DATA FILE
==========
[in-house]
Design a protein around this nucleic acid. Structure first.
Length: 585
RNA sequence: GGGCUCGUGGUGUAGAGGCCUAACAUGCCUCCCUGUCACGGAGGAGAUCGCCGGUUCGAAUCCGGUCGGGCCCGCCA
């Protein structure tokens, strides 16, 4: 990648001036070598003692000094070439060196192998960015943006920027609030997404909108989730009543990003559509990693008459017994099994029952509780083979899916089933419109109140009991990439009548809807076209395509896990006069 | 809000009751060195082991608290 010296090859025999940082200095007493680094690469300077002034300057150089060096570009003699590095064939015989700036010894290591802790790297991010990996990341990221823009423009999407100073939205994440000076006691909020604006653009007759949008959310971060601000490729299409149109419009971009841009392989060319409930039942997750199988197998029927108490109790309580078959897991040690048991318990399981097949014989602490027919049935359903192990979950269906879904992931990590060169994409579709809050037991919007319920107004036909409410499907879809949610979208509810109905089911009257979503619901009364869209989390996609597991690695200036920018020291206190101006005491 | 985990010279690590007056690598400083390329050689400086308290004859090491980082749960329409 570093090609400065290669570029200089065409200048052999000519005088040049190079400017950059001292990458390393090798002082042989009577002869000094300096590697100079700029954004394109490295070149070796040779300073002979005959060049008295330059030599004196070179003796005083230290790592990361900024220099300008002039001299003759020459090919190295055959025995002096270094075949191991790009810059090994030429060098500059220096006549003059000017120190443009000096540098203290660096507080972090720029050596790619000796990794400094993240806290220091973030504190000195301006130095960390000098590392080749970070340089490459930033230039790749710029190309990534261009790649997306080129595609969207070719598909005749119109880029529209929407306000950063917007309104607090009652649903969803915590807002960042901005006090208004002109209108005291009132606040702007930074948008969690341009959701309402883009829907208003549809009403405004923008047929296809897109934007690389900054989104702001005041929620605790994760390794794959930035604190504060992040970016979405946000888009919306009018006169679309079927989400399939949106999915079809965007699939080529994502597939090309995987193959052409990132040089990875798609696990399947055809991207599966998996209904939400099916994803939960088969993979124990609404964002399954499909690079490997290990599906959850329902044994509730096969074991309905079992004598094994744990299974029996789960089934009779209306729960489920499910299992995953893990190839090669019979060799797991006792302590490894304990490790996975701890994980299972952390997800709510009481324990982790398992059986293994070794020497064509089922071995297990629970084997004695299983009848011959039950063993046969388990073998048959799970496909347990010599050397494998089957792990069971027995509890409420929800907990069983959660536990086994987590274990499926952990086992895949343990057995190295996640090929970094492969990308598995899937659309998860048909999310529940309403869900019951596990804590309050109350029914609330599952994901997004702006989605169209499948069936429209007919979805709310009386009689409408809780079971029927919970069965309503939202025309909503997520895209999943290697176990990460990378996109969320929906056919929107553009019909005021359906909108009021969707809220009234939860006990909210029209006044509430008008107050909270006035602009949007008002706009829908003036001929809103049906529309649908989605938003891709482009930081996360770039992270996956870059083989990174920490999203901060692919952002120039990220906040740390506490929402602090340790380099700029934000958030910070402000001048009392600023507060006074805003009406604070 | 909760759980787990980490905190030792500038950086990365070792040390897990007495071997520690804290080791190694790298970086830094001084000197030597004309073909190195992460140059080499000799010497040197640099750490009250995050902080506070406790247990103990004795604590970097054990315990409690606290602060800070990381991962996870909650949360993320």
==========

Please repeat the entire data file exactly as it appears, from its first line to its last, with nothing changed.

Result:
[in-house]
Design a protein around this nucleic acid. Structure first.
Length: 585
RNA sequence: GGGCUCGUGGUGUAGAGGCCUAACAUGCCUCCCUGUCACGGAGGAGAUCGCCGGUUCGAAUCCGGUCGGGCCCGCCA
């Protein structure tokens, strides 16, 4: 990648001036070598003692000094070439060196192998960015943006920027609030997404909108989730009543990003559509990693008459017994099994029952509780083979899916089933419109109140009991990439009548809807076209395509896990006069 | 809000009751060195082991608290 010296090859025999940082200095007493680094690469300077002034300057150089060096570009003699590095064939015989700036010894290591802790790297991010990996990341990221823009423009999407100073939205994440000076006691909020604006653009007759949008959310971060601000490729299409149109419009971009841009392989060319409930039942997750199988197998029927108490109790309580078959897991040690048991318990399981097949014989602490027919049935359903192990979950269906879904992931990590060169994409579709809050037991919007319920107004036909409410499907879809949610979208509810109905089911009257979503619901009364869209989390996609597991690695200036920018020291206190101006005491 | 985990010279690590007056690598400083390329050689400086308290004859090491980082749960329409 570093090609400065290669570029200089065409200048052999000519005088040049190079400017950059001292990458390393090798002082042989009577002869000094300096590697100079700029954004394109490295070149070796040779300073002979005959060049008295330059030599004196070179003796005083230290790592990361900024220099300008002039001299003759020459090919190295055959025995002096270094075949191991790009810059090994030429060098500059220096006549003059000017120190443009000096540098203290660096507080972090720029050596790619000796990794400094993240806290220091973030504190000195301006130095960390000098590392080749970070340089490459930033230039790749710029190309990534261009790649997306080129595609969207070719598909005749119109880029529209929407306000950063917007309104607090009652649903969803915590807002960042901005006090208004002109209108005291009132606040702007930074948008969690341009959701309402883009829907208003549809009403405004923008047929296809897109934007690389900054989104702001005041929620605790994760390794794959930035604190504060992040970016979405946000888009919306009018006169679309079927989400399939949106999915079809965007699939080529994502597939090309995987193959052409990132040089990875798609696990399947055809991207599966998996209904939400099916994803939960088969993979124990609404964002399954499909690079490997290990599906959850329902044994509730096969074991309905079992004598094994744990299974029996789960089934009779209306729960489920499910299992995953893990190839090669019979060799797991006792302590490894304990490790996975701890994980299972952390997800709510009481324990982790398992059986293994070794020497064509089922071995297990629970084997004695299983009848011959039950063993046969388990073998048959799970496909347990010599050397494998089957792990069971027995509890409420929800907990069983959660536990086994987590274990499926952990086992895949343990057995190295996640090929970094492969990308598995899937659309998860048909999310529940309403869900019951596990804590309050109350029914609330599952994901997004702006989605169209499948069936429209007919979805709310009386009689409408809780079971029927919970069965309503939202025309909503997520895209999943290697176990990460990378996109969320929906056919929107553009019909005021359906909108009021969707809220009234939860006990909210029209006044509430008008107050909270006035602009949007008002706009829908003036001929809103049906529309649908989605938003891709482009930081996360770039992270996956870059083989990174920490999203901060692919952002120039990220906040740390506490929402602090340790380099700029934000958030910070402000001048009392600023507060006074805003009406604070 | 909760759980787990980490905190030792500038950086990365070792040390897990007495071997520690804290080791190694790298970086830094001084000197030597004309073909190195992460140059080499000799010497040197640099750490009250995050902080506070406790247990103990004795604590970097054990315990409690606290602060800070990381991962996870909650949360993320």